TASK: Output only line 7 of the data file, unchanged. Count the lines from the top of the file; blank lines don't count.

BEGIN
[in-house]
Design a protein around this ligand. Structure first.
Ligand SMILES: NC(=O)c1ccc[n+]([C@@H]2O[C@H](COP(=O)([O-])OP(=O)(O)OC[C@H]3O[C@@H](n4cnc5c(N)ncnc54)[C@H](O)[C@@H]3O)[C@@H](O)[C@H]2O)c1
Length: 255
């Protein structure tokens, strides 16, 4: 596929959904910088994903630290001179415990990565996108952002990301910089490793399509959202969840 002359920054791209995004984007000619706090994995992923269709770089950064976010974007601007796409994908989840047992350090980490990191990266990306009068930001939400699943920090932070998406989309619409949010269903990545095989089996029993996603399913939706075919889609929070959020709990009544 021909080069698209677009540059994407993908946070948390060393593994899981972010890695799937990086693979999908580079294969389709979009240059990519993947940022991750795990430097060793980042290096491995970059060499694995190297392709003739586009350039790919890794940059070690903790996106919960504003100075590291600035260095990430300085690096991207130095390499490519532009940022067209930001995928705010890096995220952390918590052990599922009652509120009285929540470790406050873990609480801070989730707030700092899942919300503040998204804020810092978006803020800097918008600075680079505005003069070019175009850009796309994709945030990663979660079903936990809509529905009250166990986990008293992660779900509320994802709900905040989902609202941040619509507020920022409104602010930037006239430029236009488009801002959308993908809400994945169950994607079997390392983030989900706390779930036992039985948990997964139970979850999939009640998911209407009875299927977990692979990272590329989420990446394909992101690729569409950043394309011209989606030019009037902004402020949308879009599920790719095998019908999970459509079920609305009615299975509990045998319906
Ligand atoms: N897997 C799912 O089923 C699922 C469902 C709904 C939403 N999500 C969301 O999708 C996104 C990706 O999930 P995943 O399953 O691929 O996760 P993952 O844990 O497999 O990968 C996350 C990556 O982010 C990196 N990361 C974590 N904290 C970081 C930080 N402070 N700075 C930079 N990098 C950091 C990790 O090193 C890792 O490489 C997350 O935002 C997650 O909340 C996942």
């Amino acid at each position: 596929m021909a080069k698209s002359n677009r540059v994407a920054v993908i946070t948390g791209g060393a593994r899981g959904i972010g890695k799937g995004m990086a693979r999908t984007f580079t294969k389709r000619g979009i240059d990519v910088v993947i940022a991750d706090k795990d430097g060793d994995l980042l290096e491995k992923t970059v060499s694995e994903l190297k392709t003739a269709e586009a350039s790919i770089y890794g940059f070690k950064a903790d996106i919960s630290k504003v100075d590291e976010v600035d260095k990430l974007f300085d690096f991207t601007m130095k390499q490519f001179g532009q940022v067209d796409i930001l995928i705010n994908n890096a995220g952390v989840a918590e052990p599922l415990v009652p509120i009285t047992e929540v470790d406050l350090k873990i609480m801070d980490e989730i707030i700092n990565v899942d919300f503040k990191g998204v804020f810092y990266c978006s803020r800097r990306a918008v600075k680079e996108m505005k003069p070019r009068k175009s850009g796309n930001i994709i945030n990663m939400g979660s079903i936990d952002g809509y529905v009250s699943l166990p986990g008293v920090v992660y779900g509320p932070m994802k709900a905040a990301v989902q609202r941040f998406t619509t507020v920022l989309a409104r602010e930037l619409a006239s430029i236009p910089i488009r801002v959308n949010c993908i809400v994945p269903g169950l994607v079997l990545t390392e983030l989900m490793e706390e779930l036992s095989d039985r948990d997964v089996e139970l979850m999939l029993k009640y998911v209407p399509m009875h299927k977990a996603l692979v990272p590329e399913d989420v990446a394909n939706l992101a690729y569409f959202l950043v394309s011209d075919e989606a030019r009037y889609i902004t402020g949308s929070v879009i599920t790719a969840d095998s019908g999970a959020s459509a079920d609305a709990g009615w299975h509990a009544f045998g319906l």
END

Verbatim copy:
């Amino acid at each position: 596929m021909a080069k698209s002359n677009r540059v994407a920054v993908i946070t948390g791209g060393a593994r899981g959904i972010g890695k799937g995004m990086a693979r999908t984007f580079t294969k389709r000619g979009i240059d990519v910088v993947i940022a991750d706090k795990d430097g060793d994995l980042l290096e491995k992923t970059v060499s694995e994903l190297k392709t003739a269709e586009a350039s790919i770089y890794g940059f070690k950064a903790d996106i919960s630290k504003v100075d590291e976010v600035d260095k990430l974007f300085d690096f991207t601007m130095k390499q490519f001179g532009q940022v067209d796409i930001l995928i705010n994908n890096a995220g952390v989840a918590e052990p599922l415990v009652p509120i009285t047992e929540v470790d406050l350090k873990i609480m801070d980490e989730i707030i700092n990565v899942d919300f503040k990191g998204v804020f810092y990266c978006s803020r800097r990306a918008v600075k680079e996108m505005k003069p070019r009068k175009s850009g796309n930001i994709i945030n990663m939400g979660s079903i936990d952002g809509y529905v009250s699943l166990p986990g008293v920090v992660y779900g509320p932070m994802k709900a905040a990301v989902q609202r941040f998406t619509t507020v920022l989309a409104r602010e930037l619409a006239s430029i236009p910089i488009r801002v959308n949010c993908i809400v994945p269903g169950l994607v079997l990545t390392e983030l989900m490793e706390e779930l036992s095989d039985r948990d997964v089996e139970l979850m999939l029993k009640y998911v209407p399509m009875h299927k977990a996603l692979v990272p590329e399913d989420v990446a394909n939706l992101a690729y569409f959202l950043v394309s011209d075919e989606a030019r009037y889609i902004t402020g949308s929070v879009i599920t790719a969840d095998s019908g999970a959020s459509a079920d609305a709990g009615w299975h509990a009544f045998g319906l």